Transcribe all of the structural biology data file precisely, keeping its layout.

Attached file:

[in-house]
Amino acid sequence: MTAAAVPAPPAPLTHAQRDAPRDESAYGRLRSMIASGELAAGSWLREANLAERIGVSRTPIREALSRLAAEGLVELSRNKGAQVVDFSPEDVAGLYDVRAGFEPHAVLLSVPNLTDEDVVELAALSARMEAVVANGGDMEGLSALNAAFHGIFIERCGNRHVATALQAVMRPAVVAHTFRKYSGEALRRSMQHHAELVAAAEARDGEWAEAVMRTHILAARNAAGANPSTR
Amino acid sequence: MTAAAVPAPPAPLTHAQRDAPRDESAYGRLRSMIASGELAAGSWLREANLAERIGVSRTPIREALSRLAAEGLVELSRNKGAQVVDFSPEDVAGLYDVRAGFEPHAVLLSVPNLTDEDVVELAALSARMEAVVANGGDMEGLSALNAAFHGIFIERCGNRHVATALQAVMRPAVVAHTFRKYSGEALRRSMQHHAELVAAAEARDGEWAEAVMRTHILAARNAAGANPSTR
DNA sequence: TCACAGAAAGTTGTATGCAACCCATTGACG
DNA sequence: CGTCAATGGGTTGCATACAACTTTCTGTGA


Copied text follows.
[in-house]
Amino acid sequence: MTAAAVPAPPAPLTHAQRDAPRDESAYGRLRSMIASGELAAGSWLREANLAERIGVSRTPIREALSRLAAEGLVELSRNKGAQVVDFSPEDVAGLYDVRAGFEPHAVLLSVPNLTDEDVVELAALSARMEAVVANGGDMEGLSALNAAFHGIFIERCGNRHVATALQAVMRPAVVAHTFRKYSGEALRRSMQHHAELVAAAEARDGEWAEAVMRTHILAARNAAGANPSTR
Amino acid sequence: MTAAAVPAPPAPLTHAQRDAPRDESAYGRLRSMIASGELAAGSWLREANLAERIGVSRTPIREALSRLAAEGLVELSRNKGAQVVDFSPEDVAGLYDVRAGFEPHAVLLSVPNLTDEDVVELAALSARMEAVVANGGDMEGLSALNAAFHGIFIERCGNRHVATALQAVMRPAVVAHTFRKYSGEALRRSMQHHAELVAAAEARDGEWAEAVMRTHILAARNAAGANPSTR
DNA sequence: TCACAGAAAGTTGTATGCAACCCATTGACG
DNA sequence: CGTCAATGGGTTGCATACAACTTTCTGTGA